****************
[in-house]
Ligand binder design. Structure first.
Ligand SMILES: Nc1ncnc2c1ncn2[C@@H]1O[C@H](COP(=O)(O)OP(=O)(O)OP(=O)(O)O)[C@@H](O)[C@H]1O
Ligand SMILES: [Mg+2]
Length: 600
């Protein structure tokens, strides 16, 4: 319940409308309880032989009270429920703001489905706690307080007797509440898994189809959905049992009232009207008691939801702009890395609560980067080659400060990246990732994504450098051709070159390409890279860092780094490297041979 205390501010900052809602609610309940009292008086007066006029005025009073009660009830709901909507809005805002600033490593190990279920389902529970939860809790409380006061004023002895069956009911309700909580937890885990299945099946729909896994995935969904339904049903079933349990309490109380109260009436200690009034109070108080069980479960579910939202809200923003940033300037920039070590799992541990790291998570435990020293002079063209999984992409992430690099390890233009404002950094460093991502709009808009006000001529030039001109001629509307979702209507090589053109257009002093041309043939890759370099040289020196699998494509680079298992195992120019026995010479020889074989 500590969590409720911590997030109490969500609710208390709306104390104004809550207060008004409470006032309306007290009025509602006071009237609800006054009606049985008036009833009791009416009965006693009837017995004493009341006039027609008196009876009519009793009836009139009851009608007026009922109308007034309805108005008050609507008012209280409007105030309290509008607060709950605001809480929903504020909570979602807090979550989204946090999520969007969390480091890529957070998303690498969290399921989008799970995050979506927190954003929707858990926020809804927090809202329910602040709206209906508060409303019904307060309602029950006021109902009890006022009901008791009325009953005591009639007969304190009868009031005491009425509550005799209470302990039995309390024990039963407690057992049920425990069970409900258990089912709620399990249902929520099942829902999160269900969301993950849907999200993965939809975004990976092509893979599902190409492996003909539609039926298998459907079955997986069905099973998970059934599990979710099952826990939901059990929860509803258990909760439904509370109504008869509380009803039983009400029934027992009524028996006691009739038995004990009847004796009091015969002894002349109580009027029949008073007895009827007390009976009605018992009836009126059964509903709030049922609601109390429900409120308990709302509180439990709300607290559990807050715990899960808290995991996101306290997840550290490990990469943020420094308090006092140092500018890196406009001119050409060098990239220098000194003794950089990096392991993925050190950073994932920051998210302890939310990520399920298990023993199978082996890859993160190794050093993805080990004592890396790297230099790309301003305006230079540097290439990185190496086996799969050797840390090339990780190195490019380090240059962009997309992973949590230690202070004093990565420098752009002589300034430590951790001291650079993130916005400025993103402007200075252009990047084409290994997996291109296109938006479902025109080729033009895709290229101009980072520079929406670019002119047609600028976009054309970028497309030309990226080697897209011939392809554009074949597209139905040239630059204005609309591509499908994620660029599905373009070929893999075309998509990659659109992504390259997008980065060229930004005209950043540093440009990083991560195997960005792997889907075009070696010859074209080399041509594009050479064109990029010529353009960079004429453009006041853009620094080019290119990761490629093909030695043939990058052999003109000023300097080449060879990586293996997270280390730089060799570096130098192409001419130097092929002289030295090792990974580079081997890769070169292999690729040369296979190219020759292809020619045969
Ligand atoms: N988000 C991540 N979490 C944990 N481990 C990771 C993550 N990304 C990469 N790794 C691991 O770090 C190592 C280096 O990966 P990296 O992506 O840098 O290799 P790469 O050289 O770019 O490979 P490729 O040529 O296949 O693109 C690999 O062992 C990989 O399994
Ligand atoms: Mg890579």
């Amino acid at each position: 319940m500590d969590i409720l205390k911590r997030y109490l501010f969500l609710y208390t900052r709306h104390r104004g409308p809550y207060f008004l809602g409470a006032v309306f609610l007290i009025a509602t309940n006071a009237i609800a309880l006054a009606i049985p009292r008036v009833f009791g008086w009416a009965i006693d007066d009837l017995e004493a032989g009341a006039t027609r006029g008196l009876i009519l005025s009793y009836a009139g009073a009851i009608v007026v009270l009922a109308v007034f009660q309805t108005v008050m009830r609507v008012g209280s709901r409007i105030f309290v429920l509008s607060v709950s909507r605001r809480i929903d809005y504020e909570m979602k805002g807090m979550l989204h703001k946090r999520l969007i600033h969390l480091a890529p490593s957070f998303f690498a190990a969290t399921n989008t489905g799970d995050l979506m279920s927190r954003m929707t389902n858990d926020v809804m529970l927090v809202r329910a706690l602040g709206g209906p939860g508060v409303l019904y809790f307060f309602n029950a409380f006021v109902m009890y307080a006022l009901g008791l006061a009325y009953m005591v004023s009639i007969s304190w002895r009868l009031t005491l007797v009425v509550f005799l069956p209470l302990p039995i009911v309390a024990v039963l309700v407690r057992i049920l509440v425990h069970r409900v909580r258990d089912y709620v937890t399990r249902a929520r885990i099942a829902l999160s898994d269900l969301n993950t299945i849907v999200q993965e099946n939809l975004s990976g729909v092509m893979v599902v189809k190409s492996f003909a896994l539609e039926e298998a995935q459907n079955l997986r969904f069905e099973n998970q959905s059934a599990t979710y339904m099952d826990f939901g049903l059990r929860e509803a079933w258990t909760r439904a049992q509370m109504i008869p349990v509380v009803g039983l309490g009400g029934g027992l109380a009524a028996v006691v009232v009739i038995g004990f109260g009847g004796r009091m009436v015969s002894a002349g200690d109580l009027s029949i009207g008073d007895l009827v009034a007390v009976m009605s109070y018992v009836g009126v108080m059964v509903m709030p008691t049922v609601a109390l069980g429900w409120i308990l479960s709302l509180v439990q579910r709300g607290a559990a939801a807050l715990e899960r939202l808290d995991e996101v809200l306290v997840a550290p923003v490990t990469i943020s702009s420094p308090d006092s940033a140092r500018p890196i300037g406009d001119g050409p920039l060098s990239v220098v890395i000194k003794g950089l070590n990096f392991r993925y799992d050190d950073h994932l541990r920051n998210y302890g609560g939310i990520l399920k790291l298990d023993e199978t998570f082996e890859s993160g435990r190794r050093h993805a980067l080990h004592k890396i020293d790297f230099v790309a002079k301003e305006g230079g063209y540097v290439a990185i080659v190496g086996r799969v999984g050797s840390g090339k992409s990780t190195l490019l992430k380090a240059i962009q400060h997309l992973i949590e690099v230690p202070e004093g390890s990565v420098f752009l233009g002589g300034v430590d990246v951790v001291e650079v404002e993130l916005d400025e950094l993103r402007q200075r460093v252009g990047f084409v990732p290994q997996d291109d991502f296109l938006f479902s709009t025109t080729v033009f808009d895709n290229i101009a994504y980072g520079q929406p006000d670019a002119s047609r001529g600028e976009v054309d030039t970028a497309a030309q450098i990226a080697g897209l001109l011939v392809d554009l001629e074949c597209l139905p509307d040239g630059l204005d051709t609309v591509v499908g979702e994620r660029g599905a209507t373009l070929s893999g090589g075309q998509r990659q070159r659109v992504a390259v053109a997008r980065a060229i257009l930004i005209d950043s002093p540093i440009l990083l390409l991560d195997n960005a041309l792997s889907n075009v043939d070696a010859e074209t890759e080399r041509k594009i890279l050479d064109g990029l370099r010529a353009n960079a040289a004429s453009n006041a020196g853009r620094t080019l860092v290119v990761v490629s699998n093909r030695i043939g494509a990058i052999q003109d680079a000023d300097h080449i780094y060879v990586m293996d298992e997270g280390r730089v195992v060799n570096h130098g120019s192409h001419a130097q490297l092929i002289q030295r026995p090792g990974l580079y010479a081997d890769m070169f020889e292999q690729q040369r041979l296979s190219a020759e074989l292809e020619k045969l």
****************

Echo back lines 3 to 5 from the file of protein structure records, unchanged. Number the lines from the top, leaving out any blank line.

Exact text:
Ligand SMILES: Nc1ncnc2c1ncn2[C@@H]1O[C@H](COP(=O)(O)OP(=O)(O)OP(=O)(O)O)[C@@H](O)[C@H]1O
Ligand SMILES: [Mg+2]
Length: 600